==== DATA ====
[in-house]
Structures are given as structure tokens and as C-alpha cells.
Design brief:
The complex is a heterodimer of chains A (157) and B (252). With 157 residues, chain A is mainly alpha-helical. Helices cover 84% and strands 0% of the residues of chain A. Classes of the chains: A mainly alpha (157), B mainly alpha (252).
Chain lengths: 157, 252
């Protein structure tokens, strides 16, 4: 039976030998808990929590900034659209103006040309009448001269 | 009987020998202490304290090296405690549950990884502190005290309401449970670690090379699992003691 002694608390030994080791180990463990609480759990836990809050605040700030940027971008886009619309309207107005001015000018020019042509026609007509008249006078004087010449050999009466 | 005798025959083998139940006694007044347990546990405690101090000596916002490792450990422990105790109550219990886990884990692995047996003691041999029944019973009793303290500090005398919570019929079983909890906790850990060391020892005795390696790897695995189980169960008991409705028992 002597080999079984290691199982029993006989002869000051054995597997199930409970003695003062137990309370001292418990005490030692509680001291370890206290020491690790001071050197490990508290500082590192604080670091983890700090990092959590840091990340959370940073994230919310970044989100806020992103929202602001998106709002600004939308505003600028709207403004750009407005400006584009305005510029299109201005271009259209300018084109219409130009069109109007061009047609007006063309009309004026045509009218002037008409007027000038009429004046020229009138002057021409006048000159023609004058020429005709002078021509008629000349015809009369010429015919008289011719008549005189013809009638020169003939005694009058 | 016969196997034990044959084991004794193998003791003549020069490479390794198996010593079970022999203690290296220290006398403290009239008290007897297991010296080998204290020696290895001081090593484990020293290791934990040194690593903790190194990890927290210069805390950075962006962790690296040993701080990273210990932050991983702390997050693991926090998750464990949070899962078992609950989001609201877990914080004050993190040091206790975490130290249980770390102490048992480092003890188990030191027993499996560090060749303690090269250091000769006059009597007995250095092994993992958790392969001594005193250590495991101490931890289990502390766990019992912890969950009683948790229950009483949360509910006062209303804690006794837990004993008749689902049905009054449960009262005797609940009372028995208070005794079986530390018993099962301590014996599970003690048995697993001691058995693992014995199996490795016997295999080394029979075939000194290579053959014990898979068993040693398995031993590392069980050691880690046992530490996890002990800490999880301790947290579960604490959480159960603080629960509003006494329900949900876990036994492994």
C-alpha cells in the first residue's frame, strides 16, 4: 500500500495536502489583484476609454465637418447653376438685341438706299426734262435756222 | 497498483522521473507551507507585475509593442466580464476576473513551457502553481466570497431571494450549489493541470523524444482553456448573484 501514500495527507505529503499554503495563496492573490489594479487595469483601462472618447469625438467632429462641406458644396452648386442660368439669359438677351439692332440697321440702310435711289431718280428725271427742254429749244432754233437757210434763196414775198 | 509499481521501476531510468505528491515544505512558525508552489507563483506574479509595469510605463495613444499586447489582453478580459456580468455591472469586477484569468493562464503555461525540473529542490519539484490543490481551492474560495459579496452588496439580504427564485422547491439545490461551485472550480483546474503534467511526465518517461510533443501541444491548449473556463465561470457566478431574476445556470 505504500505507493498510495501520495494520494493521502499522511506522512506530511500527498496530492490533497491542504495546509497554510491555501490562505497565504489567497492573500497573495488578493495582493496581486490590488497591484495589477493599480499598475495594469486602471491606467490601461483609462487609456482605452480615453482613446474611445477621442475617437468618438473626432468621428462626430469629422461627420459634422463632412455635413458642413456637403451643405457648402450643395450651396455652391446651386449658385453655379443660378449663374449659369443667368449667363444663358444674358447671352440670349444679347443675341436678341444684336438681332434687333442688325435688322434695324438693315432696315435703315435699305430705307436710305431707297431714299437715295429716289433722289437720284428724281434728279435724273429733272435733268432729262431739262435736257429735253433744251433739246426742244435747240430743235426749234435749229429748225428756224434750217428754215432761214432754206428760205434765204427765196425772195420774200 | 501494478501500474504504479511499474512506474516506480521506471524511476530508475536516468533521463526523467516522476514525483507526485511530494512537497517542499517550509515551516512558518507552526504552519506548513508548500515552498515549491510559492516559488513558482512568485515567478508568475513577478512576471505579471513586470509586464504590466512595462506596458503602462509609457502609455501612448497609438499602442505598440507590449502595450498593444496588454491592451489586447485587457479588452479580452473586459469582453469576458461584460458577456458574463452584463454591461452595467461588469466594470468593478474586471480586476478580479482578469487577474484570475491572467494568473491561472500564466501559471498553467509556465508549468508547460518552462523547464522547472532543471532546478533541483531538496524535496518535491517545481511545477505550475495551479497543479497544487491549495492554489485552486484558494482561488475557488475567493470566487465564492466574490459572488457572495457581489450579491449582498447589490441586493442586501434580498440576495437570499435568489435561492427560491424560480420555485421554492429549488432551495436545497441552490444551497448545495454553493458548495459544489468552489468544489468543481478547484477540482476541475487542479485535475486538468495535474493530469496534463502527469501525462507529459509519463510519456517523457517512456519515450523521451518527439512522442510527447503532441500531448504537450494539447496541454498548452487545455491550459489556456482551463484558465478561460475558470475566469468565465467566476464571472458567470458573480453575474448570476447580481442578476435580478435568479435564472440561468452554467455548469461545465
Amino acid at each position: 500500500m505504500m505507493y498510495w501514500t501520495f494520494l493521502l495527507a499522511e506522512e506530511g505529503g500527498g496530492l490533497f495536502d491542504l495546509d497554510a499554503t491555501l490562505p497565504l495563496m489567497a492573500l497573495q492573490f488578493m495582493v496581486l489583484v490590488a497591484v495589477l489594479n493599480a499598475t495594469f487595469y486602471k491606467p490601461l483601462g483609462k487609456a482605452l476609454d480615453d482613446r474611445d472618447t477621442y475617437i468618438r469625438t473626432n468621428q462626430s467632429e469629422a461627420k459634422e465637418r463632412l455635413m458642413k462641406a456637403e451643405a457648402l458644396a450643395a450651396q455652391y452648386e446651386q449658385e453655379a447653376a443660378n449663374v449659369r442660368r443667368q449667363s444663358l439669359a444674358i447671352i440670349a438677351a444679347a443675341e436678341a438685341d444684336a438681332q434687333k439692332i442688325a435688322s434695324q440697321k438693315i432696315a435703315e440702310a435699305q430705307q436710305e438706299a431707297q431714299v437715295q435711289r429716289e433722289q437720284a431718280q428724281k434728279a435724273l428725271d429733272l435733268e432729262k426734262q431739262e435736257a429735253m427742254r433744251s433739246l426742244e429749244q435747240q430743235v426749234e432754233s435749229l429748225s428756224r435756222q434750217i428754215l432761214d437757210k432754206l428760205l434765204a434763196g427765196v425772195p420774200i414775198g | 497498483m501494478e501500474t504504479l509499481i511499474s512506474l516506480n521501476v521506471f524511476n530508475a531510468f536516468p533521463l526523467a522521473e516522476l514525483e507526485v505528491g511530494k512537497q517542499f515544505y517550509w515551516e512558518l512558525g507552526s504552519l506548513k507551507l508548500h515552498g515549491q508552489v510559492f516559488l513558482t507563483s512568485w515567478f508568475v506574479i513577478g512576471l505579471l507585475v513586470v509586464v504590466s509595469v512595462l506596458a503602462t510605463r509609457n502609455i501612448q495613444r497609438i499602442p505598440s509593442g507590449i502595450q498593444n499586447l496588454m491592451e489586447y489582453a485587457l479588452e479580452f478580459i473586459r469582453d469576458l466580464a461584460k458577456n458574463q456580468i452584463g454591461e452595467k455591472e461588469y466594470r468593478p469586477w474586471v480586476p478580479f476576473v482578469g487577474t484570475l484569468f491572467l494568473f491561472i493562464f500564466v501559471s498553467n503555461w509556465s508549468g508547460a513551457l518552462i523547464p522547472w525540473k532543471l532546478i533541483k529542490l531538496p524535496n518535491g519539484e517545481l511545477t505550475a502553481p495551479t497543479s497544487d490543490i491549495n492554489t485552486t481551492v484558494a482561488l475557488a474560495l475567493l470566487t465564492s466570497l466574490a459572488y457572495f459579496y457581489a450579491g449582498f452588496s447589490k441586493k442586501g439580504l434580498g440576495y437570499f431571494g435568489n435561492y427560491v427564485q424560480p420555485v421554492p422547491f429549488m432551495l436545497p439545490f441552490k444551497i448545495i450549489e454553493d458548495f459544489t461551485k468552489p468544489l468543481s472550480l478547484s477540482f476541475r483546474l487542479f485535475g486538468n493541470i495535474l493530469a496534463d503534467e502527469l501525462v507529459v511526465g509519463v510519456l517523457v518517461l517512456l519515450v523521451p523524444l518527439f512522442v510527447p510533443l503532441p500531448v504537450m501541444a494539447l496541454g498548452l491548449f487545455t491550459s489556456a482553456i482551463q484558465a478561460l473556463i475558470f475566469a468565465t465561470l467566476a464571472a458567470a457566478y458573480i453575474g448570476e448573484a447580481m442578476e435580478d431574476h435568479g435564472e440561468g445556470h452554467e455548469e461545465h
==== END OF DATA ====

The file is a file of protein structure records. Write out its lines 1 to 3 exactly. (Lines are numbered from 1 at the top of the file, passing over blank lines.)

[in-house]
Structures are given as structure tokens and as C-alpha cells.
Design brief: